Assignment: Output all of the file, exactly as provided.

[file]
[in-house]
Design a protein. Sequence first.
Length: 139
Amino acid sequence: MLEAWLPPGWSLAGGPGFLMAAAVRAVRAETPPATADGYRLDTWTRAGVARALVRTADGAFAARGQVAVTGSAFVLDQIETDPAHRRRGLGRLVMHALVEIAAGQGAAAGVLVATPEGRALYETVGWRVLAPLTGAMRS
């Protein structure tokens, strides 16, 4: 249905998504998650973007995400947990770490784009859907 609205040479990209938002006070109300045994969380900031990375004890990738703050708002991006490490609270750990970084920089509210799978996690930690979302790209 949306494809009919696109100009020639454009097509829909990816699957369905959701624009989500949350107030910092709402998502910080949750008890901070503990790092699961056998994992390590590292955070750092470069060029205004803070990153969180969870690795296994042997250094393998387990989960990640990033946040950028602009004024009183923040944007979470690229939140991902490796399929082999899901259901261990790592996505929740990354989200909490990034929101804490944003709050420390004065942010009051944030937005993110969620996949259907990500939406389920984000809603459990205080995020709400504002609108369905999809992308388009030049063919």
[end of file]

[in-house]
Design a protein. Sequence first.
Length: 139
Amino acid sequence: MLEAWLPPGWSLAGGPGFLMAAAVRAVRAETPPATADGYRLDTWTRAGVARALVRTADGAFAARGQVAVTGSAFVLDQIETDPAHRRRGLGRLVMHALVEIAAGQGAAAGVLVATPEGRALYETVGWRVLAPLTGAMRS
């Protein structure tokens, strides 16, 4: 249905998504998650973007995400947990770490784009859907 609205040479990209938002006070109300045994969380900031990375004890990738703050708002991006490490609270750990970084920089509210799978996690930690979302790209 949306494809009919696109100009020639454009097509829909990816699957369905959701624009989500949350107030910092709402998502910080949750008890901070503990790092699961056998994992390590590292955070750092470069060029205004803070990153969180969870690795296994042997250094393998387990989960990640990033946040950028602009004024009183923040944007979470690229939140991902490796399929082999899901259901261990790592996505929740990354989200909490990034929101804490944003709050420390004065942010009051944030937005993110969620996949259907990500939406389920984000809603459990205080995020709400504002609108369905999809992308388009030049063919």